The characters that populate Here We Rest are wrung out. In "Alabama Pines", the protagonist has found himself on the outside of the life he once knew. He is living in a small room and in a state of emotional disrepair – estranged from the woman that he loved, as well as friends ("I don't even need a name anymore/When no one calls it out, it kinda vanishes away"). He is beginning to recognize that his own remoteness and obstinacy has played a large part in his current state of affairs, and longs for "someone to take him home through those Alabama pines." He's not quite clear how to get back there himself.
Place plays a prominent role in the songs on Here We Rest. Jason was home considerably more this year, having toured less in 2010. After being on the road for 200 or more days for more years than he cares to count, he stayed home mostly to write and record this album. "I could probably live anywhere, but I love it here," says Jason. "Being home is very different than being on the road. You learn a certain discipline that has its entire context within the touring lifestyle. This was the first time that I've been an adult in my own house, in my own community. Plus on the road, you have your whiskey waiting for you when you get to the gig. Here you have to go get it."

Spending all that time around his hometown, he could reacquaint himself with the locale and immerse himself with the rhythms of life in northern Alabama. "Being able to sit on my stool at D.P.'s, a bar in the building I live in, talk to my friends, and hear the problems that they have helped inform some of these songs." Sometimes, people in that bar grow tired of hearing others bitch when they themselves were on the edge, and it would sometimes lead to fights. "Save It For Sunday" grew out of one of those experiences. A bar patron, unsure of the solidity of his relationship, tells his fellow bar patron that "we got cares of our own," and suggesting that the he save his sorrows for his "choir and everyone" at his church.

Our military draws disproportionately from areas that are economically depressed, and northern Alabama has more than its share of those that have served, not only out of a deep sense of patriotism, but also because of shrinking employment options. In "Tour Of Duty," Jason writes of a soldier that is coming home from war for the last time, and will try, more than likely in vain, to assimilate back into civilian life. His soldier is voracious for normalcy. He admits to not knowing or caring how his loved one has changed and dreams of eating chicken wings and starting a family. But there's a subtle sense that this craving for normalcy will cause him to suppress the damage done to him during wartime: "I promise not to bore you with my stories/I promise not to scare you with my tears/I never would exaggerate the glory/I'll seem so satisfied here." Seeming satisfied is not being satisfied, but it's the best he can imagine.

The time off from the road also had an effect on the musical sensibilities that shaped this album. Jason was able to collaborate with more artists (he played on the latest albums by Justin Townes Earle, Middle Brother, Abby Owens and Coy Bowles), which broadened his ideas about how he could present his own music. "I always felt like certain things, like my guitar playing, had to be perfect, and when I was in the studio environment, I could make sure that it was. But looking back, it might have robbed the music of a certain amount of spontaneity.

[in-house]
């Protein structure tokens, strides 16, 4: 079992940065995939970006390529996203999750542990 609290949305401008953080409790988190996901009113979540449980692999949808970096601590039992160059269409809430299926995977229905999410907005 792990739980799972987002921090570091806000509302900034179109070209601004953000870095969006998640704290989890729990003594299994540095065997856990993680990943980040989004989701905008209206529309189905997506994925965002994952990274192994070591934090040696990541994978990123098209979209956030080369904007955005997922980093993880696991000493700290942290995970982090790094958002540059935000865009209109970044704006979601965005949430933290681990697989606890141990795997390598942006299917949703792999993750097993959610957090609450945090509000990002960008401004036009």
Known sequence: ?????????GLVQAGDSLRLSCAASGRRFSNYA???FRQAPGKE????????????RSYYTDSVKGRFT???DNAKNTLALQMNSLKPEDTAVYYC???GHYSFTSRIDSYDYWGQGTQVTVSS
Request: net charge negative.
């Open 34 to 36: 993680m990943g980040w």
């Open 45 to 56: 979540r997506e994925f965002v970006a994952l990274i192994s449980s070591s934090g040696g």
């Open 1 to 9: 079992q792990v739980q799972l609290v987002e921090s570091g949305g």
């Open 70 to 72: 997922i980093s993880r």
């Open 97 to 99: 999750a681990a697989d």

There's more out and out rock and roll guitar on this album." In addition, Jason embraces a more acoustic, more traditional country music sound to a degree that he had been reluctant to in the past. "When you come from Alabama, that country soul music is in the water. I've always loved it and been proud of it, but there's always been this sense of proving that you were capable of more than just that. If I was going to create an album that gave listeners a sense of the place, I felt it was important to let the songs go there if they wanted to."

The time at home has also had an effect on the lyrical point of view of the album. Because of the subject material of the album, Jason wrote from a more empathetic point of view than ever before. "I tried more than ever to get out from behind my own eyes and see things through others' eyes," he says. In "We've Met," Jason puts himself in the place of a person that was left behind in their hometown and, with a tinge of bitterness, remembers the one who went away better than they are remembered (Jason says, "I'm quite sure that I've been the person that didn't remember before, and I hate it").

As with the last album, the 400 Unit shines. Keyboard player Derry deBorja, guitarist Browan Lollar, bassist Jimbo Hart and drummer Chad Gamble play with either the ferocity or subtlety that the songs call for. Having played over four hundred shows together as a band have given Jason and the guys an innate sense of one another; they are gelling into a truly great band. The original state motto was written by Alexander Beaufort Meek, a former Alabama attorney general, in his 1842 essay outlining the history of the state. The last lines of that history say: "We have shown the condition and character of our population; the Red Sea of trials and suffering through which they had to pass; the fragile bark that floated in triumph through the perils of the tide….From such rude and troublous beginnings, the present population of Alabama, acquired the right to say, 'Here we rest!'" The times are indeed rude and troublous again in Alabama, and Jason Isbell's inspired album offers both documentation and the same fervent hope that his people will find their rest.

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Paul Thorn, Jason Isbell and the 400 Unit with Brigid Kaelin

Friday, June 7 · Doors 6:30 PM / Show 7:30 PM at Iroquois Amphitheater